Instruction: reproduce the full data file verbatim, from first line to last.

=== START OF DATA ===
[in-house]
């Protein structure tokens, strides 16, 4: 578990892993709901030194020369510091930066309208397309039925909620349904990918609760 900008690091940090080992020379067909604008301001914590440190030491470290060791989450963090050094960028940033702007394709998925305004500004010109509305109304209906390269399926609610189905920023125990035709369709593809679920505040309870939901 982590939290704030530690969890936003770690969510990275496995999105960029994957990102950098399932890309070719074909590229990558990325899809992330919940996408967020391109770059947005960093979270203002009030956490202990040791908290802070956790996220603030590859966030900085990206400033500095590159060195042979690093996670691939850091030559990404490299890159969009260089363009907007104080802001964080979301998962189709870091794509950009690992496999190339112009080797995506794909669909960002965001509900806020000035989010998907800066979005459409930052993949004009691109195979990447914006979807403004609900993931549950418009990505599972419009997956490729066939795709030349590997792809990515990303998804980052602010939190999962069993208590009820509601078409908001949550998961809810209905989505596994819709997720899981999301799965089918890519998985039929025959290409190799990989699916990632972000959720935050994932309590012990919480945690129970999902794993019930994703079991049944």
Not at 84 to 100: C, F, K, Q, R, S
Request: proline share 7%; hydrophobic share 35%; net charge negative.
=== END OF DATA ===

[in-house]
């Protein structure tokens, strides 16, 4: 578990892993709901030194020369510091930066309208397309039925909620349904990918609760 900008690091940090080992020379067909604008301001914590440190030491470290060791989450963090050094960028940033702007394709998925305004500004010109509305109304209906390269399926609610189905920023125990035709369709593809679920505040309870939901 982590939290704030530690969890936003770690969510990275496995999105960029994957990102950098399932890309070719074909590229990558990325899809992330919940996408967020391109770059947005960093979270203002009030956490202990040791908290802070956790996220603030590859966030900085990206400033500095590159060195042979690093996670691939850091030559990404490299890159969009260089363009907007104080802001964080979301998962189709870091794509950009690992496999190339112009080797995506794909669909960002965001509900806020000035989010998907800066979005459409930052993949004009691109195979990447914006979807403004609900993931549950418009990505599972419009997956490729066939795709030349590997792809990515990303998804980052602010939190999962069993208590009820509601078409908001949550998961809810209905989505596994819709997720899981999301799965089918890519998985039929025959290409190799990989699916990632972000959720935050994932309590012990919480945690129970999902794993019930994703079991049944």
Not at 84 to 100: C, F, K, Q, R, S
Request: proline share 7%; hydrophobic share 35%; net charge negative.